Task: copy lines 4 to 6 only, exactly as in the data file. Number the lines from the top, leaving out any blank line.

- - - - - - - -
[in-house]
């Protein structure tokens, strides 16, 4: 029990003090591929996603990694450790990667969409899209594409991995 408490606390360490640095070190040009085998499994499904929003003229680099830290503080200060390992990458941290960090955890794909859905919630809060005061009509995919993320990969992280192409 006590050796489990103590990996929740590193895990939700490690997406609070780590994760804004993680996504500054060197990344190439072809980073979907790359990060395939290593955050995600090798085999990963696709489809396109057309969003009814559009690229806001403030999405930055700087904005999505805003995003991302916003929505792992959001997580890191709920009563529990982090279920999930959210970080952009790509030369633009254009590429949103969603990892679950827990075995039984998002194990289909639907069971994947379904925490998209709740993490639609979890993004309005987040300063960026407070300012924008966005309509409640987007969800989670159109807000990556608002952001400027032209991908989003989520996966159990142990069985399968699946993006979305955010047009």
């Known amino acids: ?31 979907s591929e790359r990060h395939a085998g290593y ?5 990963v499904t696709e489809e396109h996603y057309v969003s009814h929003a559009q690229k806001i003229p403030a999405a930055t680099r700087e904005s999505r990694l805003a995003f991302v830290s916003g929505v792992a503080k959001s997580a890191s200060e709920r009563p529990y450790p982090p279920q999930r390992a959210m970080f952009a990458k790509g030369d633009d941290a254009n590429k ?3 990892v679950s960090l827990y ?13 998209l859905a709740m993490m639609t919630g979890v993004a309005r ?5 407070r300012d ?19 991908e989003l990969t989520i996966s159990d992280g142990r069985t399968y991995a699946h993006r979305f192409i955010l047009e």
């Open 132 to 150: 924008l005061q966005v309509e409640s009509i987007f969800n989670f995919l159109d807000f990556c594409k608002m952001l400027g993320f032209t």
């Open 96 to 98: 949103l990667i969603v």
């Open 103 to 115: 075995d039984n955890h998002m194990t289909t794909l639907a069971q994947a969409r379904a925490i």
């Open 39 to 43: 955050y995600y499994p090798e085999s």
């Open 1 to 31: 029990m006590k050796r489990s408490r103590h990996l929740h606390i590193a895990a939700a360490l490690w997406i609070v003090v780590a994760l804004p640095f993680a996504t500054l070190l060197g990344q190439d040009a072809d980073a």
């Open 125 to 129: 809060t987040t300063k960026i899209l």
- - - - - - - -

């Open 132 to 150: 924008l005061q966005v309509e409640s009509i987007f969800n989670f995919l159109d807000f990556c594409k608002m952001l400027g993320f032209t």
């Open 96 to 98: 949103l990667i969603v």
């Open 103 to 115: 075995d039984n955890h998002m194990t289909t794909l639907a069971q994947a969409r379904a925490i």